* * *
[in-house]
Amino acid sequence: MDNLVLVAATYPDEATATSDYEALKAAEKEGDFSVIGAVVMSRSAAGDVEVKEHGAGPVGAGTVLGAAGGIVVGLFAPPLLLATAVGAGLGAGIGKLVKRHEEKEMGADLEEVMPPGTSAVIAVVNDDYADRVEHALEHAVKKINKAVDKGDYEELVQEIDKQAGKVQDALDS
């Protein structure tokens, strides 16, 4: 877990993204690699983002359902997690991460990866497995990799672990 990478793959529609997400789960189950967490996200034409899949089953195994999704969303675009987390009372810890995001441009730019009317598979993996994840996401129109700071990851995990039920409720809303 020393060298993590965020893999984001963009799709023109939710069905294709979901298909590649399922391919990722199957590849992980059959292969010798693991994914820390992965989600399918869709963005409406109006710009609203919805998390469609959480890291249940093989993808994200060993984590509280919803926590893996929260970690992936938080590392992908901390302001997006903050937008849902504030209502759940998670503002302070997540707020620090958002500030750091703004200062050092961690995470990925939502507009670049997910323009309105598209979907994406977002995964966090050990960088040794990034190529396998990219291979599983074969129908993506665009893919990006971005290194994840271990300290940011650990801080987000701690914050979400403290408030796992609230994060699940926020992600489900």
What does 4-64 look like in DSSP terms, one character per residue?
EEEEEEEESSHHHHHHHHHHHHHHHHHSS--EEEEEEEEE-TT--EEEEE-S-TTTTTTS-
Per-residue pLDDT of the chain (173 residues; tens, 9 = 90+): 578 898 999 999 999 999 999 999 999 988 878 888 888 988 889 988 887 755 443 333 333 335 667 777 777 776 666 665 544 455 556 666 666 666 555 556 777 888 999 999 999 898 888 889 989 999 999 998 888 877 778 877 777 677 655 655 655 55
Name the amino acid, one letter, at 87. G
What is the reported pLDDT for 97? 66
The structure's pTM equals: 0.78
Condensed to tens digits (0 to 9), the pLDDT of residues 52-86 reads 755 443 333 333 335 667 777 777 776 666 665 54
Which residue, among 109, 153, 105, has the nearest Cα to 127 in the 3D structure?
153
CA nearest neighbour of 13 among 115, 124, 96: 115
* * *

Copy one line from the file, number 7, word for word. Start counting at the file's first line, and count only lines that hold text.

Name the amino acid, one letter, at 87. G